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05/06: Reports:

Football League Division Two, 26/12/05, 12.00pm
By Martin Blanc

It’s quite exciting. The day after Christmas. What fantastic bargains will we get in the sales? What will the new year bring? Why did I get nervous when ig requested a proper match report, instead of my usual Boxing Day ramblings?

Nothing, no idea, and no need, would be my answers. Because this was simply the most fluent, confident, enjoyable display I’ve seen from a Hornets team in many a long year. Not just weeks, not even months. This season, we’ve been good. We’ve had a generous handful of moments of genuine exhilaration. We’ve been shocking too, and, even worse, chronically disappointing (deadly things, high expectations). But the nerves I’ve felt for the majority of my 27-year Watford experience (and all but constantly since rejoining the regulars in the stands about eight years ago), the terrors inherent in watching us, even when a scoreline might have indicated to the disinterested observer that the Golden Boys were in complete control, for the very first time fell away, as this performance began pretty well and improved from there.

All right, maybe the kick-off was some bizarre nod to Clive Woodward, as Gavin Mahon hoofed Spring’s first pass forward into touch just beyond the 22. And yes, Lloyd Doyley managed to play Theo Walcott onside during Southampton’s first attack after a minute and a half. But Mackay and Carlisle, who have certainly bonded, sorted that out as they would continue to do all game. In midfield, all the link-ups felt well oiled from the outset, with Macca pushing us smoothly forward in the first and sixth minutes with his runs and early through balls to King and Henderson – which also gave a first glimpse of the major lovely surprise we had to look forward to. Namely, Darius Henderson has come back if not a completely different player, then a deluxe version of the one we’ve noticed, admired and missed in all too quick succession since his arrival. He was much more than a target man today, although he did that perfectly well, blond highlights aiding his visibility. All of a sudden, though, he now has two very nifty feet, and some deft touches all the more useful for being so unexpected. It was as if Marlon and Macca had clubbed together to give him a very special Christmas gift so they all had something in common they could compare later.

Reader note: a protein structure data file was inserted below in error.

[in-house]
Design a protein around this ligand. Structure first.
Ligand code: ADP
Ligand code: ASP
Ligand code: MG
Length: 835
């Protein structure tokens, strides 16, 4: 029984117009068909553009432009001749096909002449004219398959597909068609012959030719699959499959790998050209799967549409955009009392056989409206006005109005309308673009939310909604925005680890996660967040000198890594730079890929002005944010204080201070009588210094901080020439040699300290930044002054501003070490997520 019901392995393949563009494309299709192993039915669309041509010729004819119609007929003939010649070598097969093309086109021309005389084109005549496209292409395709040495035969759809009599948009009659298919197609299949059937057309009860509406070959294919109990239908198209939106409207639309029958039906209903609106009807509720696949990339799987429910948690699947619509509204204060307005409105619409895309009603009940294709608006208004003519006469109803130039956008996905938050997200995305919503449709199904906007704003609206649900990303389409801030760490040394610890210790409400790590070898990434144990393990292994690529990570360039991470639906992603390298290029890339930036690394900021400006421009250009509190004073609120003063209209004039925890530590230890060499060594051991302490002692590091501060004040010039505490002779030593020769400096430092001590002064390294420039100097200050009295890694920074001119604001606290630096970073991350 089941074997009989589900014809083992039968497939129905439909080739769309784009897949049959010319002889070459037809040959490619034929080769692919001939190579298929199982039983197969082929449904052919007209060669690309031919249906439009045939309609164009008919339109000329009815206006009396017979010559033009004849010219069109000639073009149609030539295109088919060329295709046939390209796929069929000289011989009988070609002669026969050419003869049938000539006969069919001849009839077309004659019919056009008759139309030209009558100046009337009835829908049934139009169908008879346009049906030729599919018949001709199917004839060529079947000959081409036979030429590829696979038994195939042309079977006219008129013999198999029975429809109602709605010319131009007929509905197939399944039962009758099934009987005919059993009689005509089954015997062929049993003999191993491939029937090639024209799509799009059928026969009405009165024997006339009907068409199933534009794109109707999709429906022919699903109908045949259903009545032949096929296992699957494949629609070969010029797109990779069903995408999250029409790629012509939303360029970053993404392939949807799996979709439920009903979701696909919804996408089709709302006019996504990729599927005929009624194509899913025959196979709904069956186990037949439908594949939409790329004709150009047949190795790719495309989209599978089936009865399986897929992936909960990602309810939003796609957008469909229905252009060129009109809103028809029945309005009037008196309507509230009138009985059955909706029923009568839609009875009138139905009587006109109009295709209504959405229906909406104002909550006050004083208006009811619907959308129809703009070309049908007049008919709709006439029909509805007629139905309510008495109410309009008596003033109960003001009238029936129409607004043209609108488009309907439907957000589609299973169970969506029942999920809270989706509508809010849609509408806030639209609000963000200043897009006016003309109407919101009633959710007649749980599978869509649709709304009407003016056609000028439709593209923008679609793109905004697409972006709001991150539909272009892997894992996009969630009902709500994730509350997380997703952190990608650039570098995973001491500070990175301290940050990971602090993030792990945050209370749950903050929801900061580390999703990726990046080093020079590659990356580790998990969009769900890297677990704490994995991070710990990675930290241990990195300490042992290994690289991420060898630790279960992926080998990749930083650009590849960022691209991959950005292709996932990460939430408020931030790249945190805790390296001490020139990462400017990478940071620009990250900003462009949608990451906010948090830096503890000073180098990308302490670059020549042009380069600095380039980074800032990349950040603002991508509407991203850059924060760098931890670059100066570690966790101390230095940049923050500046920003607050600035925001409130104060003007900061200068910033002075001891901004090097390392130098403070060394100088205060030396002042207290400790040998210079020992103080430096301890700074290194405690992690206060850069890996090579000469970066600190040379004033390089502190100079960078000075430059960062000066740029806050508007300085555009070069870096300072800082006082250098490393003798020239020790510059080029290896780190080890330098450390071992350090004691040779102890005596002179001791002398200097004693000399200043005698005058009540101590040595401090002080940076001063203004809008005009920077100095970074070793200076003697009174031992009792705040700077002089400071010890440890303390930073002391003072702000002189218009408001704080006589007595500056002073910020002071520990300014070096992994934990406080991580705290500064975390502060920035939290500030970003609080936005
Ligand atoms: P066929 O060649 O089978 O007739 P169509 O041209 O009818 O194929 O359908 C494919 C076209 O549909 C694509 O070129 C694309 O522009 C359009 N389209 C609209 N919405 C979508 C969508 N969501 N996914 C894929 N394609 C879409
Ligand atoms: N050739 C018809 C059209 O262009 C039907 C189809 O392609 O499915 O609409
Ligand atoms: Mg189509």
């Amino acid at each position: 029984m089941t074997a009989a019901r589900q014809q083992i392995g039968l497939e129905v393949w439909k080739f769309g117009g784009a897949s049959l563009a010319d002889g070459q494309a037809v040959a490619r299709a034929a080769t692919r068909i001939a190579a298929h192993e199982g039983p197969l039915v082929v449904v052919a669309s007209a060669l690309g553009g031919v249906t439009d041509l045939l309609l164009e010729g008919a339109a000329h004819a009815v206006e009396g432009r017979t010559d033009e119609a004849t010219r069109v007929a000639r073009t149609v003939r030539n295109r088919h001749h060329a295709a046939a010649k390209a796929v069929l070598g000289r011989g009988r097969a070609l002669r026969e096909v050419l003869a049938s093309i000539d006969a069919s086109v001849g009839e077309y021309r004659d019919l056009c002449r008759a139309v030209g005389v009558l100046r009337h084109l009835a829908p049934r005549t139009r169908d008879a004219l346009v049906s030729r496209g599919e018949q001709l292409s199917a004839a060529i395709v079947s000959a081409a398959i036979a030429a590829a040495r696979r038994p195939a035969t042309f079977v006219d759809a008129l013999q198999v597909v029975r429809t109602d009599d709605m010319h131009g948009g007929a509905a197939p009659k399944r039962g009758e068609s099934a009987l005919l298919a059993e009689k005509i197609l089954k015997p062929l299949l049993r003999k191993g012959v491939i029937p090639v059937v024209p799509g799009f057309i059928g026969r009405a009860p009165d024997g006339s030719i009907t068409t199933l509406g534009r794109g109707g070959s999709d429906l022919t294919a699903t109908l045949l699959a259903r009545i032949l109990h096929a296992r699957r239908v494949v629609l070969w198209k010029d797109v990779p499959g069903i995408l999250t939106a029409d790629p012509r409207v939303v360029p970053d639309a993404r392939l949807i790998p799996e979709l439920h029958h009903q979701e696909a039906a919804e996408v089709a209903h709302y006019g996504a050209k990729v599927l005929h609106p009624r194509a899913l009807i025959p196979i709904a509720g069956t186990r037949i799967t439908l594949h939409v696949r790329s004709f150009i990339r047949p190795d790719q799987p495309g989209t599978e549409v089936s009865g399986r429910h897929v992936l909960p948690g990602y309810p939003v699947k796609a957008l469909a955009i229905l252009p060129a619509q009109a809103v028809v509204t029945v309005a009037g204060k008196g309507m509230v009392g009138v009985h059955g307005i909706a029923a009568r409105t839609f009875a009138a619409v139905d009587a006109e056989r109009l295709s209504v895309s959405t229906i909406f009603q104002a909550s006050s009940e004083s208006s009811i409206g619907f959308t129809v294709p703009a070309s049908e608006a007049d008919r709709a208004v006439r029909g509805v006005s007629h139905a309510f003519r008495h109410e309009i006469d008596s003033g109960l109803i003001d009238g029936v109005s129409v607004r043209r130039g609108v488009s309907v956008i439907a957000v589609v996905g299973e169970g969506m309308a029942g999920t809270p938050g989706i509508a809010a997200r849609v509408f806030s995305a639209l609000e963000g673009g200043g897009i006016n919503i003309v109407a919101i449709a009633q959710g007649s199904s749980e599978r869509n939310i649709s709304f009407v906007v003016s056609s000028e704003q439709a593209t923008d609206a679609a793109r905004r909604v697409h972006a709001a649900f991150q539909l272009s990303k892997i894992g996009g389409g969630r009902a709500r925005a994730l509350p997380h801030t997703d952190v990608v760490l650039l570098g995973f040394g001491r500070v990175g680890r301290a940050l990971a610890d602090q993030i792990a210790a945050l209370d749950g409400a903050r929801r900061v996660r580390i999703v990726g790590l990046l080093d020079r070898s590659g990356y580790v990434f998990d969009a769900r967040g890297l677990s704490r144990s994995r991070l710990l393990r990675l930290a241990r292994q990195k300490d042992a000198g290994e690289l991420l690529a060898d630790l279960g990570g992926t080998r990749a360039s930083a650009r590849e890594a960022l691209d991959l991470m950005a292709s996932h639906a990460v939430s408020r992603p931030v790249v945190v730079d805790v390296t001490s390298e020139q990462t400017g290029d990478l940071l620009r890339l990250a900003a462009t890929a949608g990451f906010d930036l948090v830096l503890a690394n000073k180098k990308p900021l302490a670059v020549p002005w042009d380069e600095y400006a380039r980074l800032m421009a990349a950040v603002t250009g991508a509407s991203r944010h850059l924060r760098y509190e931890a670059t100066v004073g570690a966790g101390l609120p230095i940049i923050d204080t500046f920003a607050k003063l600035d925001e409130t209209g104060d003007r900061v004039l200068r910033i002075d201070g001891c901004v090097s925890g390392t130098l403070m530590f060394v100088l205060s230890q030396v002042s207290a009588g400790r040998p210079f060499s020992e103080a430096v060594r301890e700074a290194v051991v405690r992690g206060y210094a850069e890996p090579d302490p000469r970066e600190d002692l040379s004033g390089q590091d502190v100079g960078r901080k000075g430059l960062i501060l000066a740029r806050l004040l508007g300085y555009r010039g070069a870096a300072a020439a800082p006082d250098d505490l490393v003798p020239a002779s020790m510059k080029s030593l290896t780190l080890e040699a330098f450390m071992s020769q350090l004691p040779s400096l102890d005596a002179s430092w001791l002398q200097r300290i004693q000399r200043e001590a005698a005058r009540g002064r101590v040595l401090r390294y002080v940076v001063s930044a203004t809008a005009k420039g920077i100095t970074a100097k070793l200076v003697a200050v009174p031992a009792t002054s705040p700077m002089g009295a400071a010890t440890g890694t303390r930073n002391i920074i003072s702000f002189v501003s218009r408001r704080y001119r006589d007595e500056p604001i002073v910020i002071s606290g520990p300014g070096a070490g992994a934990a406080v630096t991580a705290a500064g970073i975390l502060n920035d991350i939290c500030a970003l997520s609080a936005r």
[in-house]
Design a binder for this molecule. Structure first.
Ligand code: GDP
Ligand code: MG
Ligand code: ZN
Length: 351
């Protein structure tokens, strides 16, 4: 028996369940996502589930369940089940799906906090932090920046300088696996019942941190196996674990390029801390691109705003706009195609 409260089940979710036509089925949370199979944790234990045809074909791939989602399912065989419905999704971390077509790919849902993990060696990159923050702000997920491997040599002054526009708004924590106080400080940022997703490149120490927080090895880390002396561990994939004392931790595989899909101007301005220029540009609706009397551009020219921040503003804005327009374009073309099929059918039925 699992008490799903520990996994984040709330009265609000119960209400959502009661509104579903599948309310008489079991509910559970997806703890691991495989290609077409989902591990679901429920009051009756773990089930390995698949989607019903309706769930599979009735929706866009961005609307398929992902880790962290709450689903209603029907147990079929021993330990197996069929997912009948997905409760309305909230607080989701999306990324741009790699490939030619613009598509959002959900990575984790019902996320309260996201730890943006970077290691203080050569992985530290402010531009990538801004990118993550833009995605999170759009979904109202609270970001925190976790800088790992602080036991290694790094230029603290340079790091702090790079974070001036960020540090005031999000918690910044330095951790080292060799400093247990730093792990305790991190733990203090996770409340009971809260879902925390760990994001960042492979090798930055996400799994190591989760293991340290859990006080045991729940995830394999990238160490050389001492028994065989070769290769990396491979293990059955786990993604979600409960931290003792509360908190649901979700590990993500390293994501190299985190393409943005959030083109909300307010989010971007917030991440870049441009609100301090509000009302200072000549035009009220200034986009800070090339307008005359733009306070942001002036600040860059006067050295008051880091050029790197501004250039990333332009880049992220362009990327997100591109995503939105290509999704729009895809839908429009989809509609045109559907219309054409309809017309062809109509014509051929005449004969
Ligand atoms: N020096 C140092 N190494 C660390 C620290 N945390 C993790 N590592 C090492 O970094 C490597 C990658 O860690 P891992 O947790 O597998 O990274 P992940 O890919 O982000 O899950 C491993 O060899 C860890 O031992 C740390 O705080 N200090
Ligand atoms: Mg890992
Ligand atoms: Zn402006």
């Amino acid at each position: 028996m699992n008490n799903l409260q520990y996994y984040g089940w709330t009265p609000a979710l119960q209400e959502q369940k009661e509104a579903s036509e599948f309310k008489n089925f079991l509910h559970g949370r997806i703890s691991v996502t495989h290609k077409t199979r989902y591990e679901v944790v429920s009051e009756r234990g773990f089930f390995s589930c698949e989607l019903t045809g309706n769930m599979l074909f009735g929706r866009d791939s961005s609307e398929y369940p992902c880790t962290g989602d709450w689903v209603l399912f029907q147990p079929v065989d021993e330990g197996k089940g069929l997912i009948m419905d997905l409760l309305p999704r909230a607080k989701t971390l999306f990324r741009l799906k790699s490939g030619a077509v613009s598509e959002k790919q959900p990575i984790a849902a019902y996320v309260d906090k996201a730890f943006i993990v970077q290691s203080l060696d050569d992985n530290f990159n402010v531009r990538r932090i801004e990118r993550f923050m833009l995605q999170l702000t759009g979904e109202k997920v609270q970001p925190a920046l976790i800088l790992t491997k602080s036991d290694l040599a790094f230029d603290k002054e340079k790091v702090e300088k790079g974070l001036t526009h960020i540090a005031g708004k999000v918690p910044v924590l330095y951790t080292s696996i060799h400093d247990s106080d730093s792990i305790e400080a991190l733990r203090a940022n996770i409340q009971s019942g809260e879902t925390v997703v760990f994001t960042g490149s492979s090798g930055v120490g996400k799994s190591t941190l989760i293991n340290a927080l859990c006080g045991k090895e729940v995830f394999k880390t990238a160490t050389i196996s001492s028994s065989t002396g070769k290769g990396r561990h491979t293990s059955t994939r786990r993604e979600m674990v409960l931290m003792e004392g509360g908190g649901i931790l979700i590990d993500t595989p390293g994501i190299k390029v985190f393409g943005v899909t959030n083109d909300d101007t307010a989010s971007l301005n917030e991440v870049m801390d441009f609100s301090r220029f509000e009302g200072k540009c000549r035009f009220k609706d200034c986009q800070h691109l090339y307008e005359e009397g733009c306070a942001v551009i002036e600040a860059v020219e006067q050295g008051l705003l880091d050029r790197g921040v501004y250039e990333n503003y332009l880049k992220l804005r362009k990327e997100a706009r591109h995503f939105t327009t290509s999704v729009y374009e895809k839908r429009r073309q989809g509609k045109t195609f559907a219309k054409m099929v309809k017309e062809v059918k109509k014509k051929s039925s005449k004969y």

The list of positives goes on. Macca was tracking back very well, the back four worked the offside trap very efficiently and effectively, Ben Foster was punching as well as he kicked, and nobody was exposed except maybe Paul Smith in the Southampton goal. Which was fine by us. Despite the opening ten minutes yielding too many Southampton corners, each of them seemed to be somehow less threatening than the last, as we drew a collective breath in defence, got some lucky bounces, and gradually moved the fulcrum of play up towards the Southampton half, where it pretty much stayed for the rest of the first half. Doyley covered for Mahon’s stray pass; Mahon closed down Walcott once or twice, when Mackay wasn't seeing to him; the forwards’ runs gave Devlin some nice options, and he fired in a few crosses for Darius and Marlon to have a go at. We were gelling, no doubt about it, outplaying a fairly civilised if somewhat uninspiring opposition.

The way we took the few minor setbacks in our stride spoke volumes as well. Matthew Spring was inexplicably penalised for getting his studs stuck in the muddy pitch after having got the ball in a tackle on Prutton. But we held things together in the box and within a minute had patiently built an elegant move upfield. Macca fed Marlon, who held possession on the edge of the box, squared to Spring, who sent it out wide to Devlin, and his looping cross was powered into the net courtesy of Darius’s blond streaks on twenty-seven minutes.